Monday, December 7, 2015

Le Dernier Mot
(the last word)
(part 2)
Luxembourg Gardens 1983  monoprint
I was seventeen the first time I went to Paris. It was 1971
and not too long after the student uprisings of May 1968 (click here for more)
 there were lots of armed gendarmes all over the city, a strange sight for
an American teenager 
The trip was a high school graduation present from my parents.
I was part of a group that went to study french for two months at the Sorbonne
 The leader took us on a whirlwind tour of the city, gave us our room assignments at Cité Internationale Universitaire de Paris (Fondation des États-Unis), our meal tickets at the student commissary, the lowdown on the métro, and then taken the rest of the group to study in Grenoble.

We had french class each morning during the week, and during afternoons and weekends the five of us were  free to do as we pleased
Summer alone in Paris.....What freedom! 
My companions and I promptly sold all our meal tickets to other students, ate in restaurants, I sketched, looked at art, explored and did lots of things teenagers shouldn't do, hitchhiking to a concert in England, for example.....
 BUT somehow I missed going to the Eiffel Tower
In February 1976, after graduating from RISD, I went back,
first traveling around Italy and Switzerland for six weeks 
In Rome I chopped off my hair
I was in Paris for four months to study intaglio at Atelier 17 on Rue Daguerre with Stanley William Hayter
Once again I had a room at the Fondation des États-Unis and every weekday morning I went to the studio
 to work on my prints

La Piscine Aquatint and Intaglio print 1976
 I did colored pencil drawings in my room
Cerises et Tissues  Colored Pencil Drawing 1976
And in the afternoons studied lithography at L'École des Beaux Artes, where I met other artists, Babeth Espuche, Abraham Hadad, Michel Potier, Pierre Legue, Thierry Giles and Gerard Legal
L'École des Beaux Artes
Le Retourne Lithograph 1976
And again I didn't go to the Eiffel Tower
When the four months were over, I returned to NYC, got various jobs, working at the Metropolitan Museum in the print shop, doing illustrations, and freelancing as a printer's assistant.  I managed to find time to work on my own drawing, painting, and printmaking. And I married husband #1
and grew my hair out 
Les Jardins Tuileries Monoprint 1983
In 1983, when troubles arose marriage-wise.....I went back to Paris, always a good place to figure things out and spent ten days with my friend Nina, wandering around, visiting friends, exploring
It was a beautiful October
BUT once more the Eiffel Tower was not in the cards...
Café Alphonso, Watercolor 1983
Inspired, I went home, ended my marriage, decided to move to Paris to paint the following autumn
and went to work to make it happen
my hair was still growing
Chez Mariage  Monoprint 1983
Luxembourg Gardens  Monoprint 1983
Barcelona 1984
And happen it did!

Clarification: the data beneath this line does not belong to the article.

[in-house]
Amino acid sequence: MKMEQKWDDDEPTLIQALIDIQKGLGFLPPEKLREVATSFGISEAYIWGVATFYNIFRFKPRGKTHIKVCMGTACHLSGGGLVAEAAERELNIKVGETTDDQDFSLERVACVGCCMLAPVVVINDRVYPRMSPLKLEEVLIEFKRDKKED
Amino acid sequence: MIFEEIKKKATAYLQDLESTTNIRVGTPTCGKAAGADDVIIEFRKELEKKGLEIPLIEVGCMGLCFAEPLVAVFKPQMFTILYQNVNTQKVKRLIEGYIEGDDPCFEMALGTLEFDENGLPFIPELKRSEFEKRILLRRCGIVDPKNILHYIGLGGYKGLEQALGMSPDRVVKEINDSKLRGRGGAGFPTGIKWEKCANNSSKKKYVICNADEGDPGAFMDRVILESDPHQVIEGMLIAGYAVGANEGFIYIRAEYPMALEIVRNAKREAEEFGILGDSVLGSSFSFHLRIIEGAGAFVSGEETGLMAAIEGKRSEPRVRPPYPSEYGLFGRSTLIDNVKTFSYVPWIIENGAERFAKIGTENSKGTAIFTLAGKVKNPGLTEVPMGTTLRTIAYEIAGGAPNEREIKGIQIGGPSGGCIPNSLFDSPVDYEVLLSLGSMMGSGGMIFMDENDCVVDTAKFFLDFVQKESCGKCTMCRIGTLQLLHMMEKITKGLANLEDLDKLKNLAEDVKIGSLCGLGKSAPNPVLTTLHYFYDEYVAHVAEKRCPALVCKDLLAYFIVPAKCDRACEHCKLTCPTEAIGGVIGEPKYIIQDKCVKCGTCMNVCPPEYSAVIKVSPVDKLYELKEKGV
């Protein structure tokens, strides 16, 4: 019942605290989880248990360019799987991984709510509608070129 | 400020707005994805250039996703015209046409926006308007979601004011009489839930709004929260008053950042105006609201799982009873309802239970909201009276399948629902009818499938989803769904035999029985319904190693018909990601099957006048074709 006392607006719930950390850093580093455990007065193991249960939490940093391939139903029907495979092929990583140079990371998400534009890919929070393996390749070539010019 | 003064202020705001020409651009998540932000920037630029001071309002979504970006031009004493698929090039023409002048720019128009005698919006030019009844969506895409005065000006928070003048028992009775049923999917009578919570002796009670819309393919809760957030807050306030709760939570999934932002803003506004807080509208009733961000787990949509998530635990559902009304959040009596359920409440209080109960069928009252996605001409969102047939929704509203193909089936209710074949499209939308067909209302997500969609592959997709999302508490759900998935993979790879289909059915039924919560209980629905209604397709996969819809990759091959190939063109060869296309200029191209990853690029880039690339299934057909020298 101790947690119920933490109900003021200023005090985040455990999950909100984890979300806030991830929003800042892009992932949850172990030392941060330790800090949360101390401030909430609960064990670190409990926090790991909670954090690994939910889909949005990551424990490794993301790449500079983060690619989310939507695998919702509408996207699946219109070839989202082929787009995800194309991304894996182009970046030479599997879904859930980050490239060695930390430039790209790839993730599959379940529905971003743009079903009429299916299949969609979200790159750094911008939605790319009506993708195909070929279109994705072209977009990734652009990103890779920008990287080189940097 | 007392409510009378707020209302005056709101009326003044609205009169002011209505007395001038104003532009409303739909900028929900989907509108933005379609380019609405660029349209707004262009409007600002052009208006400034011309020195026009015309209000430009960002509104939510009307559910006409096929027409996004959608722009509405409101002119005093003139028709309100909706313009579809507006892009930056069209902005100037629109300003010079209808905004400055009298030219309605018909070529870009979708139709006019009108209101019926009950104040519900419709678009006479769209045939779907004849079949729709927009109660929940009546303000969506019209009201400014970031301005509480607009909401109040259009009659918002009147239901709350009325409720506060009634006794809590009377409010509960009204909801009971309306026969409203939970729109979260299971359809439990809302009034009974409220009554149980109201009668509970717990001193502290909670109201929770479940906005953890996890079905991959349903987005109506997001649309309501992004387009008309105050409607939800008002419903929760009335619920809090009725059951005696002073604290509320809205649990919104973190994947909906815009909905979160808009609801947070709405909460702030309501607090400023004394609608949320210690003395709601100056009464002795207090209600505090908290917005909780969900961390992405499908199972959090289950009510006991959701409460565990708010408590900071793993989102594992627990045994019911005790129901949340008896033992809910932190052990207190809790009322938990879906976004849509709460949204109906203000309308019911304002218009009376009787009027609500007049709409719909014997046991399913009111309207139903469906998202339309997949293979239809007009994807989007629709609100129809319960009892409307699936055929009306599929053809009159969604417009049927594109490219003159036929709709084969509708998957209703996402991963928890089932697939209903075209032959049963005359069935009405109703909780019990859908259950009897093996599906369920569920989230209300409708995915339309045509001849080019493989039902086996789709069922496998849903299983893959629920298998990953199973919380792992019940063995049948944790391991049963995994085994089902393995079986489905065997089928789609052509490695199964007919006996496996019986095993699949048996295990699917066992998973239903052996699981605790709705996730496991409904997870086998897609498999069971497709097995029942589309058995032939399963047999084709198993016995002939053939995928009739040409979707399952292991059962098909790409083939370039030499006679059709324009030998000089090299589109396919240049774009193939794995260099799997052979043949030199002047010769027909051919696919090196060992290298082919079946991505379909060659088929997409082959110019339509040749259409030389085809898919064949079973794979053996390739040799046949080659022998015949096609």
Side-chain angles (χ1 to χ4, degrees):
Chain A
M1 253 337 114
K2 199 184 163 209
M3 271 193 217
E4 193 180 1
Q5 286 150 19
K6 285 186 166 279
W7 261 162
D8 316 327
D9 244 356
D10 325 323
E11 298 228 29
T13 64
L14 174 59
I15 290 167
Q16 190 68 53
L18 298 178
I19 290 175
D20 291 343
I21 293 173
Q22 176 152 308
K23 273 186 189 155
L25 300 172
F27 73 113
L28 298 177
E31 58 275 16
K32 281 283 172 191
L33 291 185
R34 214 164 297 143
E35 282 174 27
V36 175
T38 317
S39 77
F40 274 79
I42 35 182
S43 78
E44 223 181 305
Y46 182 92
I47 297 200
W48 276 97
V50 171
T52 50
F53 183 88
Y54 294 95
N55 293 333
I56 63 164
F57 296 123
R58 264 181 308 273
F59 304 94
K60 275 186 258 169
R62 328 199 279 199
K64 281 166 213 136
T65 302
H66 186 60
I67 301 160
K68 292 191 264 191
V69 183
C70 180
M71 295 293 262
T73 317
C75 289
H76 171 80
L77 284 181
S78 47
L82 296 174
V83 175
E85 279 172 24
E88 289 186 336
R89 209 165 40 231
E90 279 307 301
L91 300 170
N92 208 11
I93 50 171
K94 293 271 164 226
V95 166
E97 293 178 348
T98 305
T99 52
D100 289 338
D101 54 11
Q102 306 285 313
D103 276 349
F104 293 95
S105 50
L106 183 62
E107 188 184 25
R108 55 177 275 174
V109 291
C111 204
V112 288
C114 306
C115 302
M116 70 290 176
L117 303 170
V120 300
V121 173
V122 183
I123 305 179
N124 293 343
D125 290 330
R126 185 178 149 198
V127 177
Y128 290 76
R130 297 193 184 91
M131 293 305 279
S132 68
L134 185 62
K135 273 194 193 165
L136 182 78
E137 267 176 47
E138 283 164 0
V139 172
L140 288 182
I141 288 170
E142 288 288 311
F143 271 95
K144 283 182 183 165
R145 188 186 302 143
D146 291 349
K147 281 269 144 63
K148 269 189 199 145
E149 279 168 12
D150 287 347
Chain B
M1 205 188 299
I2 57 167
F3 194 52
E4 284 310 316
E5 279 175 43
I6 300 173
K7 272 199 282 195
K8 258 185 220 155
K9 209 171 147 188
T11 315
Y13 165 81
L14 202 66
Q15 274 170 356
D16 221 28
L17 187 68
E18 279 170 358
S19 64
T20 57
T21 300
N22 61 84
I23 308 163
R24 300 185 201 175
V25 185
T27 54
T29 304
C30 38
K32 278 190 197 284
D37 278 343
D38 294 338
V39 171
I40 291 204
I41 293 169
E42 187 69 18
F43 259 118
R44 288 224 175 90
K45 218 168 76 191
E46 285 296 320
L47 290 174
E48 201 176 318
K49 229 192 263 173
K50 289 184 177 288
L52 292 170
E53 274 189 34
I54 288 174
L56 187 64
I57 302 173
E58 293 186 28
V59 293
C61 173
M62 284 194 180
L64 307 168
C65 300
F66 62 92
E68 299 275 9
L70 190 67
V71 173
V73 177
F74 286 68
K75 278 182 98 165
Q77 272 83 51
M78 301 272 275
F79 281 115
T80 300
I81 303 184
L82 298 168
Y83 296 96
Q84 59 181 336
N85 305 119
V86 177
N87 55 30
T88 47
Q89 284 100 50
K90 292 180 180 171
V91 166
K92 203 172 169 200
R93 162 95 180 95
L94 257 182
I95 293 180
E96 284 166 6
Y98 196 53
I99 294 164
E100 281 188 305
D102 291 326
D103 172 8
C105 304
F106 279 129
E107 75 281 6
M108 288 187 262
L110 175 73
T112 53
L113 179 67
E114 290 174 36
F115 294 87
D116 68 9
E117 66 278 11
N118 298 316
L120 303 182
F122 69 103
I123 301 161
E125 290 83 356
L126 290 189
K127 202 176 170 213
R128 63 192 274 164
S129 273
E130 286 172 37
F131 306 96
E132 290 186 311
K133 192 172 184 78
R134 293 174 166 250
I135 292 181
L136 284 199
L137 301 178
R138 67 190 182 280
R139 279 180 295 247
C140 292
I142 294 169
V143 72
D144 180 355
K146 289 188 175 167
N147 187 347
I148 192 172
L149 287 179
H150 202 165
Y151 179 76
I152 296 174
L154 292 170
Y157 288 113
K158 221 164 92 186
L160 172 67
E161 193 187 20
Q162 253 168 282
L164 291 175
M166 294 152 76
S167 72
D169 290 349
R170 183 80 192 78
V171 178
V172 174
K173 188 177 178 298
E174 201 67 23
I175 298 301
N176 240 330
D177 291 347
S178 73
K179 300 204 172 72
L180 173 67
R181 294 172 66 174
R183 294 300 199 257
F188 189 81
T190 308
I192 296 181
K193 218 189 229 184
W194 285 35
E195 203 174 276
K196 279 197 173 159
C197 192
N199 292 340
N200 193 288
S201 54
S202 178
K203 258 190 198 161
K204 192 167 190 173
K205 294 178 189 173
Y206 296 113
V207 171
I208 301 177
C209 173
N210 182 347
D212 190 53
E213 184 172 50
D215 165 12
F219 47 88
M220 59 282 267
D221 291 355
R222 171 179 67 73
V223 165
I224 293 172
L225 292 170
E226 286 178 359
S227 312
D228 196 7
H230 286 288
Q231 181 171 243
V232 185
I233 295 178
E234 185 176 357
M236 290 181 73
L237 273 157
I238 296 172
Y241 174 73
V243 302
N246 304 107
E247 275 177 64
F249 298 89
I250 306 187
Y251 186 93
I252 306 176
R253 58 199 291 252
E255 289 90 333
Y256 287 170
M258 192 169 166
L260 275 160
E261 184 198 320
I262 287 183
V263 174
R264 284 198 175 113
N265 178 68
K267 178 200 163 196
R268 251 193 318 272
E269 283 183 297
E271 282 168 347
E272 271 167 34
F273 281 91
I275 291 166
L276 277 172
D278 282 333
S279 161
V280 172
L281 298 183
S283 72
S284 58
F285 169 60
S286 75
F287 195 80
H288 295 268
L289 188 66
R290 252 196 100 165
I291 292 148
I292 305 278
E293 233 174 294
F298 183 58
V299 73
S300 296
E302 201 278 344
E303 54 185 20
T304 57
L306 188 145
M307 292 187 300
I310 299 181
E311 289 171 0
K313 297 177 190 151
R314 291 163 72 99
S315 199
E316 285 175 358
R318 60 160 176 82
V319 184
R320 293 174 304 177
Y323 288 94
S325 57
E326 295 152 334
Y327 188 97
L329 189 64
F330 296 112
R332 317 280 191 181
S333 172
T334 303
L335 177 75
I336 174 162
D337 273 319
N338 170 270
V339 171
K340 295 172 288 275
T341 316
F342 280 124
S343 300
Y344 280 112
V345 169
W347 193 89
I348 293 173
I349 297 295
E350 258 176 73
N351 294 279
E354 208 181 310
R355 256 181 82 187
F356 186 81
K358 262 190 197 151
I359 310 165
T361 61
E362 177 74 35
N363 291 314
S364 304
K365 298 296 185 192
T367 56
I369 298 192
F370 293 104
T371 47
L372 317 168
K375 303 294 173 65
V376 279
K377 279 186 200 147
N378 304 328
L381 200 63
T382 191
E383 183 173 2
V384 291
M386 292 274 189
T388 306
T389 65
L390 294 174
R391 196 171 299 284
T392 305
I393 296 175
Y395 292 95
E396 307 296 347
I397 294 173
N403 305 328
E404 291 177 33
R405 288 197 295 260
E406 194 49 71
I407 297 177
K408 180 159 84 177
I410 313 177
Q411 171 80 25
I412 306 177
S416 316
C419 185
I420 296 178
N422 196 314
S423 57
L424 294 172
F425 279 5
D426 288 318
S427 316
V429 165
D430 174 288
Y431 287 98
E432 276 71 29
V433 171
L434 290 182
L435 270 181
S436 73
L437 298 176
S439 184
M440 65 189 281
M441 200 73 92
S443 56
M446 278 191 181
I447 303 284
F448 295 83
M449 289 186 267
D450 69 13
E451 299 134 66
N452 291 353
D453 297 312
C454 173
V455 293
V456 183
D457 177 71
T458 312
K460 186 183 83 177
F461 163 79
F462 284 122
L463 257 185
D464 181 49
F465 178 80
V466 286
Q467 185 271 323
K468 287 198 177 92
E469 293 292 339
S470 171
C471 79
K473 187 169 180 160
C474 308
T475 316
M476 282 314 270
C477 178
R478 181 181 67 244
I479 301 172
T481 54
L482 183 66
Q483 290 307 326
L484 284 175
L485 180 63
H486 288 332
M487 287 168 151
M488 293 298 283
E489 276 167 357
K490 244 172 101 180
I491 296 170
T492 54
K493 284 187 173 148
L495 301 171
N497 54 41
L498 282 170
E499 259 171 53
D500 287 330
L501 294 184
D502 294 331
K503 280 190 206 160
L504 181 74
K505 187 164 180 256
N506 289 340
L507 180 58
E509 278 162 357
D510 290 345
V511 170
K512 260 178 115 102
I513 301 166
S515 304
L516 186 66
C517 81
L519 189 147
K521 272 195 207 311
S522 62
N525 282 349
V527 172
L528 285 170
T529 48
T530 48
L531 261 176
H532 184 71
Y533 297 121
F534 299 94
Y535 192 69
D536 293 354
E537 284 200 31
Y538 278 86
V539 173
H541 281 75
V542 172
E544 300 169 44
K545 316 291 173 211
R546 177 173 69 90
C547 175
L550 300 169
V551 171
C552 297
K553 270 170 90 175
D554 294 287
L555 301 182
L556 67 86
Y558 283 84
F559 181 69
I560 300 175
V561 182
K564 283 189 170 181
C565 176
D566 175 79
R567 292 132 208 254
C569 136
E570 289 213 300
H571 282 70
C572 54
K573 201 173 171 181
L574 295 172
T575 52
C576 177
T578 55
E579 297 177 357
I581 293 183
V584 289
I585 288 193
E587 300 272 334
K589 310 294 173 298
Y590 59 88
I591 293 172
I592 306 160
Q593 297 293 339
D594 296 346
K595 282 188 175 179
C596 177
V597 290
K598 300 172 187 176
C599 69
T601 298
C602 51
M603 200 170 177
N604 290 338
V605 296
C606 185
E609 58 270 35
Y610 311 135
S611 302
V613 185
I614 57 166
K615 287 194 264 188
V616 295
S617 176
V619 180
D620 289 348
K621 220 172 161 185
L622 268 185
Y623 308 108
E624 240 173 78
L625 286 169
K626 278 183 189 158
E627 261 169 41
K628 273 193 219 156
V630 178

First I traveled in Spain for three weeks with another friend,
Michel's Table Crayon Drawing 1984
then I moved into Michel Potier's house in Malakoff, right near Porte de Vanves,

   and into Hélène and Olivier's studio on Quai St Martin, the opposite side of town on the Bassin de La Villette
Hélène's Desk  Crayon Drawing 1985
 I took up Savate, french boxing, the teacher was a cop, his assistant, a thief
1985 was the coldest winter in 50 years. The pipes froze in the building, Hélène and Olivier didn't show up for weeks.  Ice cutters came down the Canal St Martin, to clear a path for the barges.
Alone and freezing in the non-heated studio, I drew the ice chunks floating outside the window, and painted furiously
Heat in Michel's house was sketchy too, so my friend Hadad let me move into a tiny studio across from his loft, in the Bastille
Hadad's Studio Colored Pencil Drawing 1986
It was in Paris that winter that I got my legal separation at the American Embassy 
At the end of my eight months of painting, I decided I would go back to NY, straighten things out, and return for good the following year.
So I didn't go to the Eiffel Tower .....and left my paintings rolled up in my friend Julien's studio
my hair was wild
By January 1986, things had changed again (of course involving a man).  I flew back to Paris for ten days, stayed at an artist friend's apartment in Montmartre, chilled out with my pal Babeth, got my paintings and returned to NYC.
I skipped the Eiffel Tower, it didn't even occur to me to go
 Eight years later husband #2 and I went to Paris, and then traveled south to Provence
It was so awkward speaking french for two.....auspicious, don't you think?
 we didn't go to the Eiffel Tower, par for the course for me, but for a first timer.....go figure
1994 Arc de Triumph
And not much later, when marriage #2 was ending, I hopped a plane back to Paris.  It was Christmas Day 2001, post 9/11, and the shoe bomber There were machine gun toting soldiers stationed at JFK.
Everything was surreal
Okay, so at least there's a pic
I stayed with Babeth, no longer married herself, living with her daughter on
Rue du Faubourg Poissonnière, a new part of town for me.
We spent a lot of time catching up, had dinner on New Year's Eve with Behnam (her ex) and her daughter JenaÏs, a Galette des Rois (click for more) for dessert and then trooped up to Sacré Coeur to see the fireworks over the Eiffel Tower.
There was so much fog, we couldn't see a thing!
So we decided to go to the Eiffel Tower on New Year's Day.  It was a clear, beautiful but frosty morning.  Europe was beginning to implement the Euro but in France francs were still good until February.
We got to the tower, and saw two enormous queues.  We were told one line was to change francs into euros, and that the Eiffel Tower was only accepting euros. The other line was to go to the top....